As its title implies, Like Water is marked by a fluidity that is itself rare. Exploring the sensual, evocative sounds and intoxicating rhythms of Brazil, and accompanied by a small band of virtuosos — Klaus Mueller and Xavier Davis (piano), Paul Meyers (guitar), Nilson Matta (bass), Duduka da Fonseca (drums), Tom Chiu (violin) and Dave Eggar (cello) — Seattle native Drummond imbues Like Water’s eight alternately soothing and soaring tracks, both original compositions and carefully chosen interpretations, with uncommon spirit and grace.
Her artistry has previously enhanced the music of such jazz greats as vibraphonist Stefon Harris and bassist Avishai Cohen, but Like Water’s roots can be traced back several years to when the New York-based Drummond, along with Matta and da Fonseca, served as a member of pianist Kenny Barron’s group Canta Brasil. Drummond didn’t originally plan to return to Brazilian music for her first recording as a leader, instead crafting music intended for a chamber quartet. But after she began collaborating with Mueller, whose experience with Brazilian music is extensive, Drummond’s focus shifted toward South America. The chamber concept was tabled, although Drummond retained the notion of incorporating violin and cello into her new music. She began writing string arrangements for the album while touring with the indie rock band Bright Eyes. Then, while playing New York’s Town Hall with Norah Jones, Spoon and Lou Reed, she recorded this album. “It was a whirlwind,” Drummond said of the sessions.
With ObliqSound co-founder Michele Locatelli producing, Like Water appropriately ebbs and flows, trickles and gushes; the musicians’ tightly synced lines complement one another intuitively, but these pros always allow ample room for individual expression as well. One of the sweeter ballads on the album, “Lazy Afternoon,” is lush and pastoral, while “Afoxamba” is all fire and passion. The song was written after Drummond saw Brazilian singer-songwriter Ivan Lins perform at New York’s Blue Note. Much of Lins’ music uses the afoxê rhythm, an in-thepocket, Afrocentric Brazilian musical style notable for its space between the beats. Drummond fell in love with the groove that night and was immediately inspired to write “Afoxamba.” Drummond fell in love with the groove that night and was immediately inspired to write “Afoxamba.” On “Spring,” the album-closing tour-de-force written by Drummond and Mark Bordenet, the song eases in gently before expanding exponentially with the full ensemble embellishing the tantalizing melody line.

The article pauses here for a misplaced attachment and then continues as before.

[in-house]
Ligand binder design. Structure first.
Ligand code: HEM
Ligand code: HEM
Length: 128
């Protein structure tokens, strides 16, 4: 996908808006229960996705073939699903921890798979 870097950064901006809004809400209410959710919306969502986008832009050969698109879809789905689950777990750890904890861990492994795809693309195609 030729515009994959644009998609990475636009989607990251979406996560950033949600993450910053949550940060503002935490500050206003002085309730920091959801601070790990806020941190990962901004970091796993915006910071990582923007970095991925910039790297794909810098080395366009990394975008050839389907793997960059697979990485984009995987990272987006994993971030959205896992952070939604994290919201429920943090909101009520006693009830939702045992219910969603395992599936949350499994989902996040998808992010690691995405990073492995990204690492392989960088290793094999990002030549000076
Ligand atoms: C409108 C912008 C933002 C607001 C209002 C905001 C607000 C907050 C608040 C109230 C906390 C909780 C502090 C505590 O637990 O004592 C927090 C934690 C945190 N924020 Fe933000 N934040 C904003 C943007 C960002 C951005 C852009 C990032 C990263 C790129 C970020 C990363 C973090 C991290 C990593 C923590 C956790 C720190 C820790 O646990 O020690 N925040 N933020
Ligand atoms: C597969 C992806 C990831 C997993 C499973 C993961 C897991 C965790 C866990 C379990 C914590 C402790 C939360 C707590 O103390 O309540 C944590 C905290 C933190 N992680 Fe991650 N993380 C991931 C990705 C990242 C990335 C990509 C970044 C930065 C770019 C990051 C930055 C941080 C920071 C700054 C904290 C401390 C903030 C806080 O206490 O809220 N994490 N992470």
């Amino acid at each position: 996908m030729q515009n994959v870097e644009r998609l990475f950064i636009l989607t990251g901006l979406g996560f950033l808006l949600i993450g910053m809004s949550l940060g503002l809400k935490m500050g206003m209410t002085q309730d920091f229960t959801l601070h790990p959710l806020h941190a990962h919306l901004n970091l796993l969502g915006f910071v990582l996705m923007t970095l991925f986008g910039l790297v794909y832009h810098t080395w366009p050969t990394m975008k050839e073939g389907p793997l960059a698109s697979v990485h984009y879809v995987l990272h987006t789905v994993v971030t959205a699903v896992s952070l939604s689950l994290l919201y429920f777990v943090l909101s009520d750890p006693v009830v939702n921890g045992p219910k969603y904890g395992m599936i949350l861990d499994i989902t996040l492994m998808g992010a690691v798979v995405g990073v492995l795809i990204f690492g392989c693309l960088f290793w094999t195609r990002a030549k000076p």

In addition to the original compositions, Drummond carefully chose some favorite tunes to interpret: catchy, melodic songs, she says, that “make you feel good and have an ease about them.” On the up-tempo album opener, Toninho Horta’s “Aquelas Coisas Todas.” the quartet of Drummond, Eggar, Mueller and Da Fonseca catches a groove and never lets go. “I write my music as if I were a singer,” says Drummond, “and I chose this song because his melodies are accessible, simple and flowing enough to be sung. Toninho’s tunes develop like a story and conclude at just the right time.” At the other extreme on the mood scale is Drummond and Mueller’s spare piano/flute duet on Antonio Cesar Camargo Mariano’s “Curumim,” with its contrasting sections and catchy arpeggio-like lines.
Although Like Water is an all-instrumental effort, the word “lyrical” has often been used to describe Drummond’s flute work. The arrangements are in service to the song, not the other way around—none of the musicians involved with Like Water are here to flaunt and strut. And as a leader, Drummond knows both when to take charge and when to cede the floor to her collaborators. Critics have praised her “cutting edge improvising” (Don Heckman, Los Angeles Times), “full-bodied tone, enviable technique and innate musicality” (Downbeat) and “arresting style” (Ben Ratliff, New York Times).
“Anne’s compositions fit perfectly with ObliqSound’s vision of defying genres, and they embrace and reflect the varied musical traditions she’s been exposed to, including classical, jazz, chamber jazz and Brazilian music,” notes producer Locatelli. “Her string writing is sparse and beautiful, but the special element that brings it all together on her originals and the Brazilian classics is always her subtle but energetic flute.”
The instrument found its way into her life early — at age four, Drummond asked her fluteplaying mother to show her some notes and before long they were dueting. Anne also learned piano, first from her father and then more rigorously from a professional instructor. She discovered jazz at age eight — listening to her grandmother’s recordings of Duke Ellington, Miles Davis and Bill Evans, and even wrote a report on Ellington in the third grade. Drummond attended the Manhattan School of Music as a piano major, with Barron serving as her instructor, but he quickly hired her to play flute in his band — some of Drummond’s classmates were unaware that she even played piano. Since then, she’s become a regular within New York City’s fertile jazz scene. Not that she’s just a local favorite — after endorsing Powell and Sonaré flutes, Drummond now appears in their national advertising campaigns.
Like Water is at once the culmination of what might be considered Anne Drummond’s apprenticeship and the first step in what will undoubtedly be a long career as an innovator. But for now she’s taking things one day at a time, riding the wave that is her music. “Like Water is meant to take you on vacation when you listen to it,” she says. It’s a place we’ll certainly want to visit again and again.